Brian Tochterman

Associate Professor of Sustainable Community Development

Brian Tochterman faculty
Office:Mead Hall 130
Email:Send a message...
Telephone:715-682-1233

Biography

Earned and Honorary Degrees

PhD Modern U.S. History, University of Minnesota-Twin Cities
MS Urban Planning, Columbia University
BS Sociology and Film Studies, University of Wisconsin-Madison

Background

I am a native Wisconsinite, born and raised in Green Bay. I have spent my adult life in large cities both near and far, but I am delighted to have found a niche in the Chequamegon Bay.

I have a broad interdisciplinary background, which speaks to my interests in history, cities, social research, and popular culture. After college I worked for sometime with the Parks Department of New York City, an experience that inspired and fed my desire to pursue a graduate education in urban development.

Research

My main research interest lies in the history of American metropolitan growth and decline since 1945. I'm particularly fascinated by the relationship between cultural narratives and the political economy of cities and metropolitan areas. I also seek to highlight the utility of history in both understanding the present conditions of cities and planning for the future. I have started working on a second book project featuring case studies from the Midwest.

Key Publications:
The Dying City: Postwar New York and the Ideology of Fear, UNC Press, 2017.

"Theorizing Neoliberal Urban Development: A Genealogy from Richard Florida to Jane Jacobs," Radical History Review Winter 2012. 65-87

"Crime and Violence, or Hard-boiled Chronicles of Mean Streets and their Hidden Truths" in The City in American Literature. Cambridge University Press. Forthcoming

Why Northland?

One thing that contemporary theorists of community and economic development agree on: place matters. That's why it is exciting to be instructing courses in sustainable community development in a place as unique as this region.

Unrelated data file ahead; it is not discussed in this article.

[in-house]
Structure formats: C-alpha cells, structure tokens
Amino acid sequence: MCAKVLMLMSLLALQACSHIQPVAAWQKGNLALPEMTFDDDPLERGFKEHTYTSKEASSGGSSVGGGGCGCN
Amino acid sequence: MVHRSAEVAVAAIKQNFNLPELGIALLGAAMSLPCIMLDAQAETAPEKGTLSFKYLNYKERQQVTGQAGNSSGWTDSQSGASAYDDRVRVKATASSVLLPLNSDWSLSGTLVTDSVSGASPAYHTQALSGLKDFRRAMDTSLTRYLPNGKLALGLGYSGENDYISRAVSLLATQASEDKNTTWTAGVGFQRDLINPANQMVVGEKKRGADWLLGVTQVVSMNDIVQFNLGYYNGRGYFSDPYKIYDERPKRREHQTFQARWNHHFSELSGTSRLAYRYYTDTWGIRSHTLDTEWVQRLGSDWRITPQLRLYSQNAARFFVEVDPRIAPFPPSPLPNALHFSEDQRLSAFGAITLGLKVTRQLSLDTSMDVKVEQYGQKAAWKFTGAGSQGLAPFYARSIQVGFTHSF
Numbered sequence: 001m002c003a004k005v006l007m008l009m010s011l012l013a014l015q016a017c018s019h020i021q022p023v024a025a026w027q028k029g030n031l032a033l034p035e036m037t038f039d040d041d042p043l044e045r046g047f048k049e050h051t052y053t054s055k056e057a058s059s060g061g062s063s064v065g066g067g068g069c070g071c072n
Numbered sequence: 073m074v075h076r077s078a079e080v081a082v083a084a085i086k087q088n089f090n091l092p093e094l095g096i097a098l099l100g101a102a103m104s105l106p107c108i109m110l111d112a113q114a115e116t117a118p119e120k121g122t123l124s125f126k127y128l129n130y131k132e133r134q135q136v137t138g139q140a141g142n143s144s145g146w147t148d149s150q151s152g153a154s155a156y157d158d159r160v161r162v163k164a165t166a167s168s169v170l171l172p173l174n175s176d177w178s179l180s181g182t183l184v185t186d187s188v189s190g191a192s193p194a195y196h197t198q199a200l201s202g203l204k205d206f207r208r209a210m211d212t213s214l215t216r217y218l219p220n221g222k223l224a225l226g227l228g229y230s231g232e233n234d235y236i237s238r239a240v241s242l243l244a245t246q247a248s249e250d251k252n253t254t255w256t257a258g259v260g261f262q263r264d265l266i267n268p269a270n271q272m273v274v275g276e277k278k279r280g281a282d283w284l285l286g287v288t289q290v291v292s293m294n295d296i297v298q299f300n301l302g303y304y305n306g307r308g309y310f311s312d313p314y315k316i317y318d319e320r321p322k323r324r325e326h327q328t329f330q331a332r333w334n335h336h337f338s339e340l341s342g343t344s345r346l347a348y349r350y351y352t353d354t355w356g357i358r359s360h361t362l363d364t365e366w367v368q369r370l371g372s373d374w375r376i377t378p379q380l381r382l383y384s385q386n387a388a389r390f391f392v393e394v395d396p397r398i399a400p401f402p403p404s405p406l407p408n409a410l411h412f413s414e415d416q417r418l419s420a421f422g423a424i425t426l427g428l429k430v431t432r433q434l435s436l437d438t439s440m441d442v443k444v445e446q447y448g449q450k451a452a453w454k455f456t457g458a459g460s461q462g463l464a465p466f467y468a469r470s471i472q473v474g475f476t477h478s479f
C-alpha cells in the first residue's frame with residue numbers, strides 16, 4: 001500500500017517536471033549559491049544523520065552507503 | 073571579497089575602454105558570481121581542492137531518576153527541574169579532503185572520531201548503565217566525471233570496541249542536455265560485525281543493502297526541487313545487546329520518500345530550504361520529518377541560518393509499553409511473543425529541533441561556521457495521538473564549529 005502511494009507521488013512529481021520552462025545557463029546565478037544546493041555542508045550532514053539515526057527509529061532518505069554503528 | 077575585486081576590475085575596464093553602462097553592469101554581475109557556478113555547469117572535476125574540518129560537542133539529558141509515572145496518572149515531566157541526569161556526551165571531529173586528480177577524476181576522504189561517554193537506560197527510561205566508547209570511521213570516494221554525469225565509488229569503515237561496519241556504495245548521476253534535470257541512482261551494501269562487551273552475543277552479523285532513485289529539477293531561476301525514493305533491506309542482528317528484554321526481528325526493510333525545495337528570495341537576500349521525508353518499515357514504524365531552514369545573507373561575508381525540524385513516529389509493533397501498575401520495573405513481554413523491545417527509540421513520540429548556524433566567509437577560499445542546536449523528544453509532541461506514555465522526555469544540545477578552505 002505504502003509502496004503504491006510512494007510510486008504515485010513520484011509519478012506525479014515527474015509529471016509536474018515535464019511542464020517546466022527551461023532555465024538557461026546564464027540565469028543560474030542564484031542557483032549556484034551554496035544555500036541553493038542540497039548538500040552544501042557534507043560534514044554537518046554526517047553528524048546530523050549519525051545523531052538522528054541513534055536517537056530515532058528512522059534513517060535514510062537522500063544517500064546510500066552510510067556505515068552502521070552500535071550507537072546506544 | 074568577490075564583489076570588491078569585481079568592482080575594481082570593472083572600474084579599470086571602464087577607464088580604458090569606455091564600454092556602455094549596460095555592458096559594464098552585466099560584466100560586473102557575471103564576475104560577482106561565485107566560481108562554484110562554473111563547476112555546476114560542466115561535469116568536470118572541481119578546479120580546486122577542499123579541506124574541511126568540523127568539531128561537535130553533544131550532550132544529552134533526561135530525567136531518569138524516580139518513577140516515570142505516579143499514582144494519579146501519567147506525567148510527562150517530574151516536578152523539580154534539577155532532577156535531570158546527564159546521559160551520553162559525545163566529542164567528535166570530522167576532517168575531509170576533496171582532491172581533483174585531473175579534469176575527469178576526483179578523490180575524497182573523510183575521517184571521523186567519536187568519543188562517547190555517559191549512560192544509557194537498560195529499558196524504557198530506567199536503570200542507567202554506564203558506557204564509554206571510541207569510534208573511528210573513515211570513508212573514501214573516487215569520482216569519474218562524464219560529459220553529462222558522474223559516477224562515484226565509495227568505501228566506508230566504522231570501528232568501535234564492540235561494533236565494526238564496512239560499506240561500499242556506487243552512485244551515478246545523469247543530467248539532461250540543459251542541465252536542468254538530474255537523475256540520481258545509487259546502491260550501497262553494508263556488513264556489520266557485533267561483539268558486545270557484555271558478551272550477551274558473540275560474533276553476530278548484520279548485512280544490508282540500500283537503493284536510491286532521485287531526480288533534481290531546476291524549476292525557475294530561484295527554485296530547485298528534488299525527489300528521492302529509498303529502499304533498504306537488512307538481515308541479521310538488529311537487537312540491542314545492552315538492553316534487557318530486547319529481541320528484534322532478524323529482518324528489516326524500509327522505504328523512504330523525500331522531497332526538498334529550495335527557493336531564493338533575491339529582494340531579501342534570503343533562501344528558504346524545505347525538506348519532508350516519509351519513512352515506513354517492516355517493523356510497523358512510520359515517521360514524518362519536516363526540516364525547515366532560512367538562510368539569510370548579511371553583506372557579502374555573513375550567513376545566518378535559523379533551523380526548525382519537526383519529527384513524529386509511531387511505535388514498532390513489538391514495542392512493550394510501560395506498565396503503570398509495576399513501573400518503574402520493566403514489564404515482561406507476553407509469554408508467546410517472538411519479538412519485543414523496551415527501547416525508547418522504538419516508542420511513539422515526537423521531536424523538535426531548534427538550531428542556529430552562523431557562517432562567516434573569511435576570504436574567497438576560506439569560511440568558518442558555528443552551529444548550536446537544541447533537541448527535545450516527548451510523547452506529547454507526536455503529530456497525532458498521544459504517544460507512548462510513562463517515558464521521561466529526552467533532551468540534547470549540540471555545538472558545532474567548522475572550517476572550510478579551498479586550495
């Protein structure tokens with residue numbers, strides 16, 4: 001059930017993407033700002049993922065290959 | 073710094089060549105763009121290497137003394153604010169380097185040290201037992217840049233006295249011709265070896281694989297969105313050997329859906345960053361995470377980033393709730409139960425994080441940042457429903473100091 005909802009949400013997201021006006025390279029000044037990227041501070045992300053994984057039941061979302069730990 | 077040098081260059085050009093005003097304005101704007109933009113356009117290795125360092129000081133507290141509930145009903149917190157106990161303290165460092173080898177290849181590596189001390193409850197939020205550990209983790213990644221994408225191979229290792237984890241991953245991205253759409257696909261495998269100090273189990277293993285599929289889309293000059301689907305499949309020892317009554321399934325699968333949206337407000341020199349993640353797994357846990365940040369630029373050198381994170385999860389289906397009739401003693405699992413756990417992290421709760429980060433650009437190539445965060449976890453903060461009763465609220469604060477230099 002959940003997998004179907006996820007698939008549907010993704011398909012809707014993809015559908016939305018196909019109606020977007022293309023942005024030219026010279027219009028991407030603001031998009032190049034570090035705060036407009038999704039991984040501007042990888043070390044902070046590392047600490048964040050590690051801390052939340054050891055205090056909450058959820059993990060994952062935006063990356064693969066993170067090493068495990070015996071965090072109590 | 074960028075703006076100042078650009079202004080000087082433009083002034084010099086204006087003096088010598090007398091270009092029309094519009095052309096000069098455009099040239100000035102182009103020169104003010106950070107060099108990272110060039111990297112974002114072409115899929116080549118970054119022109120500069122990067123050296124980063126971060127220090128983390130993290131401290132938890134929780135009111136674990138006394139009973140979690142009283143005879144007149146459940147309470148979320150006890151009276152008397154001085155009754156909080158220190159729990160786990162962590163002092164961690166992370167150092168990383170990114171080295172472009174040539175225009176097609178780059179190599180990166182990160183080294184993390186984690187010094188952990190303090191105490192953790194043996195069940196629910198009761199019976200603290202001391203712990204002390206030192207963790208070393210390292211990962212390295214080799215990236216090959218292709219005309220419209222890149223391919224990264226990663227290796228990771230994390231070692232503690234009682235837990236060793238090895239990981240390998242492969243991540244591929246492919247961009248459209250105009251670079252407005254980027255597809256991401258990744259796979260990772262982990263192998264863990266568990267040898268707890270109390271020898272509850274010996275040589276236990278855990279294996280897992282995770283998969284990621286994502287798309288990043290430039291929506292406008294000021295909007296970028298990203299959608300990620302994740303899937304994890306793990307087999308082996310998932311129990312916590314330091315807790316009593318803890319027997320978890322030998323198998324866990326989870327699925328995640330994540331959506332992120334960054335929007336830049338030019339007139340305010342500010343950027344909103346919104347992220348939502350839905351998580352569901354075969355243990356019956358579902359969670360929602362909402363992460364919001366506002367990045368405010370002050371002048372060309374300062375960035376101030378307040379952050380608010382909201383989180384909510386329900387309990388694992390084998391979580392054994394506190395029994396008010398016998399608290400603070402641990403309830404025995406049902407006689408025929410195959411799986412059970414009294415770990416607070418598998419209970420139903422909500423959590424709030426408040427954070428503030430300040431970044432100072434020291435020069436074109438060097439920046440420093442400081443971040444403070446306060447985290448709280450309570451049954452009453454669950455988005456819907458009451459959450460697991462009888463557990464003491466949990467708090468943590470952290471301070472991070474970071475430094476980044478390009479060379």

With a host of distinct assets and a stock of common long-term challenges, Ashland, Washburn, Bayfield, and the Lake Superior watershed provide an exceptional laboratory for students interested in community engagement, sustainable planning, and ethical economic development.

Organizing courses around the overarching themes of "how places work" and "how could places work better," I encourage students to think both boldly and pragmatically, balancing the unfettered theoretical aspects of the classroom with applied experience within the community.

Courses

As an associate professor of sustainable community development, I regularly teach Introduction to Sustainable Community Development (SCD 110), Sustainable Community Planning (SCD 220), Sustainable Development Theory (SCD 430), and Advanced Community Planning Studio (SCD 442). For other courses—such as Forces of Change (SCD 235), the History of Planning and Development (SCD 320), Introduction to Film (ART 225)—I draw on my interdisciplinary background and interests in history, political economy, social justice, metropolitan planning and development, and popular culture.

I also lead a triennial spring travel course for SCD majors called The Just City in Practice (SCD 355). We spend ten days in northern Europe walking major cities, riding trains and bicycles, and meeting with community partners (in the past we have started in Amsterdam and then traveled to comparison communities in Maastricht, Copenhagen, Hamburg, and Malmo). The next iteration of the course is scheduled for May 2022.

Student Involvement

While a number of my courses examine the history and theory of sustainable and unsustainable forms of development, students in my Sustainable Community Planning and Advanced Planning Studio courses have the opportunity to do applied research in the Chequamegon Bay region.

In the Sustainable Community Planning course, students have the opportunity to be agents of change. One example is a public participation plan for Ashland's Comprehensive Plan Revision that was largely assembled by Northland students that was approved by the Ashland City Council.

Personal Interests

In the warmer months, I can be found bicycling around Ashland, greening my thumb at the city’s community garden, hiking forest trails, cooling myself in the lake, and listening to baseball on the porch. Winter means reading, writing, skiing, and warming the house with home-cooked meals. I particularly enjoy these activities in the company of my partner Ana, our kids, our dog, and our community.